It is easy enough to challenge the consultant’s relegation of these houses to “local” interest, given their post-war importance in the UK as “Homes for Heroes” (i.e. returning WWII soldiers) and their connection to coal-mining communities (a significant part of Britain’s industrial heritage). However, I’m not sure the argument deserves even that much of a rebuttal… from a historian’s perspective, it is a disturbing logic.

What exactly makes this estate only locally and not nationally significant? And why should “local” be any less significant than “national” anyway? Is Erno Golfinger’s Trellick Tower “local history” because the architect grew up in London and his most famous designs are located there? Equally concerning is the argument that, because half the estate was redeveloped in the 1990s, the other half does not now warrant saving. If that logic prevailed, we would no longer have The Vaults in Edinburgh – 18th and 19th century chambers beneath the city’s South Bridge which used to house cobblers, merchants and criminals (many of which have since been developed to entertainment venues).

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Trellick Tower, London. Photo credit: Mark Ahsmann (CC)

There is no denying the historical value of our homes, even with their minor renovations. Leeds City Council have recognised it by referring to the estate as ‘non-designated heritage’; Leeds Civic Trust and the Twentieth Century Society have recognised it and directly support the cause; and ordinary people have recognised it, visiting our estate in coach loads earlier this month for our “Heritage Open Day”.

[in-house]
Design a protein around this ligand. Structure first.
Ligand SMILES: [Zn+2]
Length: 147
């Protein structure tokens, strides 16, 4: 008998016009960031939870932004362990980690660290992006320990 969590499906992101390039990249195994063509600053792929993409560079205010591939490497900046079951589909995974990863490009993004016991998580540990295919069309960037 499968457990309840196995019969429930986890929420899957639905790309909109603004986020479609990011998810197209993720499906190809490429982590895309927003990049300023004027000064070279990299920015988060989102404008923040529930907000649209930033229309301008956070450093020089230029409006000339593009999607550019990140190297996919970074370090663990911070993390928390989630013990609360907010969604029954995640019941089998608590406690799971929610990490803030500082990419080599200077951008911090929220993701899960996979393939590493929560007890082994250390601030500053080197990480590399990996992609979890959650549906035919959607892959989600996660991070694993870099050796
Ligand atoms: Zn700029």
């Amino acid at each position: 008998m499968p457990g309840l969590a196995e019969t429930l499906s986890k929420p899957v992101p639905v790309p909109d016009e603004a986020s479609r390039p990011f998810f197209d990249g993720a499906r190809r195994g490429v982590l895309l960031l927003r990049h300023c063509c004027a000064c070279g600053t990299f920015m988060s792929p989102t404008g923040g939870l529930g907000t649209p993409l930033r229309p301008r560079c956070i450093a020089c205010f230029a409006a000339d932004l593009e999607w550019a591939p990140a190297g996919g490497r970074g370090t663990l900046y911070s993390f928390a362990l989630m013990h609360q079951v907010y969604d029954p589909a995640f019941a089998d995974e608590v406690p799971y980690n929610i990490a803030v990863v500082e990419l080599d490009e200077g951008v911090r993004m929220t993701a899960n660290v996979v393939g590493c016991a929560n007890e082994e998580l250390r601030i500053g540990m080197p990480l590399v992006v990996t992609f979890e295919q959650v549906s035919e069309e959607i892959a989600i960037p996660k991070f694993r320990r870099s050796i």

Thatcher’s ideological legacy

Finally, a note on defects.

The Housing Defects Act 1984 was implemented to give prefab homeowners easier access to government grants and support for repairs in order to take them up to mortgageable standard. It did not unequivocally declare all Airey houses as structurally unsound and unfit for habitation, but was part of a Conservative government package of measures to transfer publicly-owned housing assets into private hands in the 1980s, and to make sure they were mortgageable – i.e. fit for (re)sale. Whether they were liveable or not had little to do with it – the emphasis for the Tory government in the 1980s (and the current Tory government now) was on private home ownership and a prosperous housing market.

This ideology is what has fed the weak legal protections tenants have in the UK and has enabled the managed decline of our estate and other tenanted estates around the country – repairs are kept to a bare minimum to reduce maintenance costs and maximise rental income until such a time as it becomes more profitable to sell the asset/land than keep it on the books.

Approving the demolition of our homes without fair consideration of liveability (rather than mortgageability) for the hundreds of people facing homelessness risks reinforcing this unjust practice and the legacy of Thatcherite housing policy. Moreover, it would undermine the utilitarian principles and philosophy of Planning Law, which is rooted in ‘maximising happiness’ for a given population.

A tyranny of expertise and absence of fairness

So, as Leeds City Council move to make a decision on the application in the coming weeks, we ask them to consider these counter-arguments to Pemberstone’s professional reports, which we do not have the resources to professionally contest: